Workers in the Field: Geographies of Difference in Helena Viramontes’s Under the Feet of Jesus

Emily Ann Mulvihill


At first glance, the relationship between the characters of Helena Viramontes’s novel Under the Feet of Jesus and the land seems evident: as migrant farmworkers they spend their days engaged in picking crops and tending the soil. But beneath this guise of simplicity are a range of sociopolitical and economic forces making their relationship to the land seem natural while simultaneously obscuring the difficulty and danger associated with such work. As the novel demonstrates, these workers risk pesticide exposure, as well as deportation and lack of health care. Through Katherine McKittrick’s concept of geographies of difference, we see the highly racialized and spatialized environment in which these workers live. By examining human and cultural geography in Under the Feet of Jesus, we see how space and place are wrapped up in complex ways with matters of identity and power. Furthermore, space is the lens through which we can see this myriad of forces in its perpetual state of motion and flux. Examining the significance of geography to this novel sheds new light on Viramontes’s work a little over a quarter of a century after publication. Space may ultimately be the fertile ground in which future study of migrant farmworkers in literature can reveal the important intersections between the racial-sexual body, practices of hegemony, and our current environmental crisis.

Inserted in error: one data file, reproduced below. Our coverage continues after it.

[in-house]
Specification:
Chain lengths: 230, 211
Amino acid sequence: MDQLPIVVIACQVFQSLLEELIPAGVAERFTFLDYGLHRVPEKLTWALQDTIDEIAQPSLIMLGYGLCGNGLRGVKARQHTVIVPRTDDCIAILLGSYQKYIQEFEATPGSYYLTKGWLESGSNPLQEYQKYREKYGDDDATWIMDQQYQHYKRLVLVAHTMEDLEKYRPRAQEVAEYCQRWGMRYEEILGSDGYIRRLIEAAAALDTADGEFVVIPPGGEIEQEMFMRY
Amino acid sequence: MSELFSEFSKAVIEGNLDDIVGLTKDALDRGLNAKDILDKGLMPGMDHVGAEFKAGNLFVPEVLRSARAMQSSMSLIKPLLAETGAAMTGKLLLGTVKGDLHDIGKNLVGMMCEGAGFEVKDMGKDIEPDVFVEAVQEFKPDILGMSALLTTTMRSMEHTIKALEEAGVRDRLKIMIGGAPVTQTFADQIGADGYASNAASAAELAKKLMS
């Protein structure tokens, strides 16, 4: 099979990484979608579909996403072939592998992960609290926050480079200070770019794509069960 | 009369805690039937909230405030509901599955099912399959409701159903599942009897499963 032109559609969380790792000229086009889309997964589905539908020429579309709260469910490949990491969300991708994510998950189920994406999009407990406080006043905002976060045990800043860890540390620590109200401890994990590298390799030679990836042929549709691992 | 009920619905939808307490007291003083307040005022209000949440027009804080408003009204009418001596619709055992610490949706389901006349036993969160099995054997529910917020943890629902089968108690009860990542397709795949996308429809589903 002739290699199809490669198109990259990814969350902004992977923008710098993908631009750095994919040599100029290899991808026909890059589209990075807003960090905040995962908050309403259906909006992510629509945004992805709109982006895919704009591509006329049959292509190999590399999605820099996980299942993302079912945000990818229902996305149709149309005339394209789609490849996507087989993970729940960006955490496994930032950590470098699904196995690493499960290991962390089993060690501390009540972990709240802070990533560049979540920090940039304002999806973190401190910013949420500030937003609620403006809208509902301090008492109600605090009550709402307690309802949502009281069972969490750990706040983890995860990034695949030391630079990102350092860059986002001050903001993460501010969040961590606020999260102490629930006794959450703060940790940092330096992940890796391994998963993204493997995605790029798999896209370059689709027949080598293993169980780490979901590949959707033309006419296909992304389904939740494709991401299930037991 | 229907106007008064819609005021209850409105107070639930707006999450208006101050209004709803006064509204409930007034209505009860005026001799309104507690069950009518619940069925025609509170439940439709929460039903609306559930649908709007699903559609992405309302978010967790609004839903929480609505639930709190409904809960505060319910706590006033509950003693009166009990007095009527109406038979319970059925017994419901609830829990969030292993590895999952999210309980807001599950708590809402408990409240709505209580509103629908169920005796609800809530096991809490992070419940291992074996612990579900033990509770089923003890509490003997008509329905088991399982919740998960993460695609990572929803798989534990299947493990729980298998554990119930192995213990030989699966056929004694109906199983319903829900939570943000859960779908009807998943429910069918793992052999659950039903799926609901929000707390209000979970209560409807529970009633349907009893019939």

Helena Viramontes; place and space; migrant labor; geographies of difference; Under the Feet of Jesus; farmworkers

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